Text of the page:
Justice Navin Chawla granted the Grovers two weeks to respond to BharatPe’s plea in the BharatPe case against them. January 9, 2023, has been set aside for the subject.

Ashneer Grover and BharatPe are at odds, and the Delhi High Court has served notice and summons on Ashneer Grover, the ousted co-founder of fintech unicorn BharatPe and a well-known television personality, as well as his wife Madhuri Jain Grover and other family members, to stop them from making disparaging remarks about the fintech company. Additionally, summonses were sent to Grover’s brother, father, and brother-in-law. The Grovers were given two weeks by Justice Navin Chawla to respond to BharatPe’s suit. January 9, 2023, has been set aside for the subject.

The change happened after BharatPe sued Grover and his family for their disparaging remarks about the unicorn. In the 2,800-page lawsuit, Grover, his wife, and other family members were accused of forging bills, hiring phony suppliers to perform services for the business, and overcharging the business for hiring. BharatPe claimed damages totaling over Rs 88.67 crore against Grover, his wife, and his brother.

Included in the damages are claims for payment of Rs 71.7 crore against invoices from nonexistent vendors, Rs 1.66 crore in penalties paid to the GST authorities, Rs 7.6 crore in payments to vendors for allegedly providing recruitment services, and Rs 5 crore in losses for the company’s reputation as a result of Grover and his family members’ comments and tweets.

During the court, Grover, his wife, and other family members were accused of waging a “vicious and venomous” campaign against the business, according to a prominent attorney and former attorney general of India Mukul Rohatgi, who was representing BharatPe. According to news agency PTI, Grover and his wife’s attorney said they never received a copy of the lawsuit.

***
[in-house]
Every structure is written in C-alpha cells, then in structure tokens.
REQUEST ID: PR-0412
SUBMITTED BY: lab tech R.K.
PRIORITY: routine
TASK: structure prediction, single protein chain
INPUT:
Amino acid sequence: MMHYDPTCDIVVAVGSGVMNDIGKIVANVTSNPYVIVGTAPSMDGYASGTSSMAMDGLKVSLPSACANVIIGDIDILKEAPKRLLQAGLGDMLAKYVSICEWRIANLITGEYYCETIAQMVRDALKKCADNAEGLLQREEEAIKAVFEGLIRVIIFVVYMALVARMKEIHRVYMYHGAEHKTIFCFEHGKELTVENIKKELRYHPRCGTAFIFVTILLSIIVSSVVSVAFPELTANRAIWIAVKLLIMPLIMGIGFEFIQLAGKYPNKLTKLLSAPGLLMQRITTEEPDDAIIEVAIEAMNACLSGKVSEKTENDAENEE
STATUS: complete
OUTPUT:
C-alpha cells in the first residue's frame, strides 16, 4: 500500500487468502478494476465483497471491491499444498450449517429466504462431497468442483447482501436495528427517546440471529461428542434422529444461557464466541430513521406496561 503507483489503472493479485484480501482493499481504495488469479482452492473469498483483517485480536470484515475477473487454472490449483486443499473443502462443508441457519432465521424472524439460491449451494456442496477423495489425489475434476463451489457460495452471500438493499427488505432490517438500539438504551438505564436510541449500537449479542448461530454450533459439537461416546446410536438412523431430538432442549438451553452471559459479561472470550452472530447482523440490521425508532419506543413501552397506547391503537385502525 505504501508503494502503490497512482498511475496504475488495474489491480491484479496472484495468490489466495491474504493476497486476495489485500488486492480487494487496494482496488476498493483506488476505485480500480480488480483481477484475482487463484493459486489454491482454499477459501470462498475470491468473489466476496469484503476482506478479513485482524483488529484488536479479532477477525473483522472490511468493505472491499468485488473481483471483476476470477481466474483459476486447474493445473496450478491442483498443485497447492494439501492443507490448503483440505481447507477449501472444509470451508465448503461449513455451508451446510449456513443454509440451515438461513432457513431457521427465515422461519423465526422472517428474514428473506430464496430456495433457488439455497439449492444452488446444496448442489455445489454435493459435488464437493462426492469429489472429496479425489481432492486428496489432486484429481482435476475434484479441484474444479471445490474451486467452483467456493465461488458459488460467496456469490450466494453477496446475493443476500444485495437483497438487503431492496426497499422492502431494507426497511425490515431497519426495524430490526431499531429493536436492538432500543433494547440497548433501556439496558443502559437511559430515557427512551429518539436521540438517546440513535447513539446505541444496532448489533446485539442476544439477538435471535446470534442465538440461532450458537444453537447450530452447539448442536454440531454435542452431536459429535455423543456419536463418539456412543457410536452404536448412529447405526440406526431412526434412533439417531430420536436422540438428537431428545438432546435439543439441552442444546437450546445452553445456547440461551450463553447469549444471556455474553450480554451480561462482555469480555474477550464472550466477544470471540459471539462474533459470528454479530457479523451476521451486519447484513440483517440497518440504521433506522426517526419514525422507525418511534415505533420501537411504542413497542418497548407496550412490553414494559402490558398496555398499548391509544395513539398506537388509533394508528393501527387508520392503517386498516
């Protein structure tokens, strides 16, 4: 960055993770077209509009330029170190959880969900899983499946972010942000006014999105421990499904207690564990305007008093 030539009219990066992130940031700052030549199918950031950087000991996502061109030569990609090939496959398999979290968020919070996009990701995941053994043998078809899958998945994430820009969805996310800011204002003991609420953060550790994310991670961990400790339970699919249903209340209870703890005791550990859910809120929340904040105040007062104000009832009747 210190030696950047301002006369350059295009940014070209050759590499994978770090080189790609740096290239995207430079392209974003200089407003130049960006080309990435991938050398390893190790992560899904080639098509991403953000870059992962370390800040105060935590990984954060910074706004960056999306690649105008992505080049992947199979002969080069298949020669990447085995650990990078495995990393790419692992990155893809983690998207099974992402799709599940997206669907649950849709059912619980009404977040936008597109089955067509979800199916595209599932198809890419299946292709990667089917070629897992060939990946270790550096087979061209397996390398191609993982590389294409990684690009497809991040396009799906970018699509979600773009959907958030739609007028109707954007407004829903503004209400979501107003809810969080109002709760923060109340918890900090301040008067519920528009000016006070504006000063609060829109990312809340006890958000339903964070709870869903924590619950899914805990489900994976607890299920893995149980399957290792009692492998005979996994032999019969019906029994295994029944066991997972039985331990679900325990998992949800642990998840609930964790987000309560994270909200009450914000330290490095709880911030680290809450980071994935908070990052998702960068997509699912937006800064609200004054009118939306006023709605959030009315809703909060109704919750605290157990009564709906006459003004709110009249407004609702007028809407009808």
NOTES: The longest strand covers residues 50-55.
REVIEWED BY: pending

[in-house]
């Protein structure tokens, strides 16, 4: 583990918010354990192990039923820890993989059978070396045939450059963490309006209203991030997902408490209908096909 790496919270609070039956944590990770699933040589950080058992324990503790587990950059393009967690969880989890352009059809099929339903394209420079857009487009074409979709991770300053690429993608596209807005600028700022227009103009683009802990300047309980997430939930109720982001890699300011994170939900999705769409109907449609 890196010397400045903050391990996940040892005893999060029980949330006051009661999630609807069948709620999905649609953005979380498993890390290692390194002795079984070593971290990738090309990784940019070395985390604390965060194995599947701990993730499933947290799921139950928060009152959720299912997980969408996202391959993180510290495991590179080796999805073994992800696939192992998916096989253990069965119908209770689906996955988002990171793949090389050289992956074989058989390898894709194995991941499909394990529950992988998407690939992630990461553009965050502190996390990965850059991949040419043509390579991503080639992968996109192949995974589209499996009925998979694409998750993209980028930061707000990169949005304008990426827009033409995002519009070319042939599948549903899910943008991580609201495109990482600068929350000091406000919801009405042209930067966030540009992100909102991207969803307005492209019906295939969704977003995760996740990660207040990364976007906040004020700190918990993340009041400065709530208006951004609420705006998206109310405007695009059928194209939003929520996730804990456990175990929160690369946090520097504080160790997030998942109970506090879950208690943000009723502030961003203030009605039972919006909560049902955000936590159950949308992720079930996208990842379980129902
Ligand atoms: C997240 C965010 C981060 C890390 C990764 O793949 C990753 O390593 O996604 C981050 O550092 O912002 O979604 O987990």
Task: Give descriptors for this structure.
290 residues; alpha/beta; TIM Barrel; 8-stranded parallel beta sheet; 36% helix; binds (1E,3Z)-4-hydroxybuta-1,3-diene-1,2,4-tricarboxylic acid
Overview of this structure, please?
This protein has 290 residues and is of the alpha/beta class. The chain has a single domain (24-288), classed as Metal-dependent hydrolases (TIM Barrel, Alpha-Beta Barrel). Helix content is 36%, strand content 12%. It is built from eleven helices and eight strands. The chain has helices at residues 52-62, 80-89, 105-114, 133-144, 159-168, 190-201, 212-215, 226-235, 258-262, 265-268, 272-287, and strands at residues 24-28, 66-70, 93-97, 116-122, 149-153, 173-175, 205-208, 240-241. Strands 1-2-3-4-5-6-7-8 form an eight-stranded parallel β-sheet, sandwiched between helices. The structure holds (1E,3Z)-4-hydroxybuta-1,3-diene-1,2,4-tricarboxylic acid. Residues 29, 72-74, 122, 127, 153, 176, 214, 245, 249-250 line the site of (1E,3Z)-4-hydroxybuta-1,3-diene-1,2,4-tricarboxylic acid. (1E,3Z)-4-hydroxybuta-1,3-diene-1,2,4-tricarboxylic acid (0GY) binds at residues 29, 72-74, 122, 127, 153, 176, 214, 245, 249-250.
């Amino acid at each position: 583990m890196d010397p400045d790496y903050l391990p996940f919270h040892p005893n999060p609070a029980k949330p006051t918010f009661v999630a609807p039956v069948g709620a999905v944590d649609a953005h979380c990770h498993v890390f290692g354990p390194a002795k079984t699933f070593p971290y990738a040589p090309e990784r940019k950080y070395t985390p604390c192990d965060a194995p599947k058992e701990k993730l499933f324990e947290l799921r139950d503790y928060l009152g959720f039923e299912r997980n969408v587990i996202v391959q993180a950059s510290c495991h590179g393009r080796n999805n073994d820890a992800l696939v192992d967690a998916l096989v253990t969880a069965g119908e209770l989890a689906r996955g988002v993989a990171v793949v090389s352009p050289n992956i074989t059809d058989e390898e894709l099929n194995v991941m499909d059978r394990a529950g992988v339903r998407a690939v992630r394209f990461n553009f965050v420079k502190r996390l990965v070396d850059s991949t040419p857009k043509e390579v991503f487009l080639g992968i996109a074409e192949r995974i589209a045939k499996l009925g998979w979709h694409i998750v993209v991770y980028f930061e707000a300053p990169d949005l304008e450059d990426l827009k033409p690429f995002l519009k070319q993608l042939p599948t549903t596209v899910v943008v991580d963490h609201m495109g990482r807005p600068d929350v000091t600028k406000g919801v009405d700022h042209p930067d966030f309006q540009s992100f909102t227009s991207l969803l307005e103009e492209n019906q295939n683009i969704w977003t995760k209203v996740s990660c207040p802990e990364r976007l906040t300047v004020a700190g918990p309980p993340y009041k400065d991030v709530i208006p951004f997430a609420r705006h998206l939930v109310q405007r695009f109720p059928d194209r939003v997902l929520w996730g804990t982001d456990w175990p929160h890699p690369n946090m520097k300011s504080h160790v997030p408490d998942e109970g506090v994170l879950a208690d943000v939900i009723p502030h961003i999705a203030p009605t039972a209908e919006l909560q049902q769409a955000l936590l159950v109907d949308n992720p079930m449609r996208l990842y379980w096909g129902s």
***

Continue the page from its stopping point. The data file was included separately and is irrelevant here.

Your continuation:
In addition, BharatPe has requested the following: disclosure of Grover and his family’s assets; an interim injunction against the defendants prohibiting them from making defamatory statements about BharatPe, its directors, or employees and/or publicizing the same; a directive to the Grovers to delete or remove all negative content about the company within five days; and orders to BharatPe to contact social media platforms, media outlets, publications, websites, and blogs.

In addition to the suit with the Delhi High Court, BharatPe has filed a separate complaint with the Economic Offences Wing against the erratic television personality, his wife, and other family members, charging them with 17 counts of fraud. The Grovers are accused of theft, fraud, theft by deception, embezzlement, and siphoning of funds.

A firm representative commented on the legal dispute involving the Grovers and BharatPe, saying, “We have complete faith in the courts and authorities and are convinced that justice will be served. As the case is still pending, we are at a loss for words at this time.

BharatPe is no stranger to controversy; earlier this year, the company made headlines after it was claimed that an audio clip of Ashneer Grover allegedly using inappropriate language and threatening a Kotak Group employee for failing to get him and his wife Madhuri Jain Grover an allocation and funding for the Nykaa IPO went viral.

In order to determine if the Grovers had engaged in wilful misconduct, the fintech unicorn later hired Alvarez and Marsal, Shardul Amarchand Mangaldas, and PwC to perform a corporate governance review.

As a result of the alleged theft of business cash, Madhuri Jain Grover was later fired from the company and its board. After that, Ashneer resigned from the board of the business and lost the status of co-founder due to allegations of “massive theft of company finances” by “creating phony vendors” to steal money. Grover and his wife have also been charged by the business with using “company expense accounts” to “enrich themselves and fund their luxurious lives.”

The business made the decision to discipline dishonest personnel in May of this year, as well as to reduce Ashneer Grover’s restricted shares.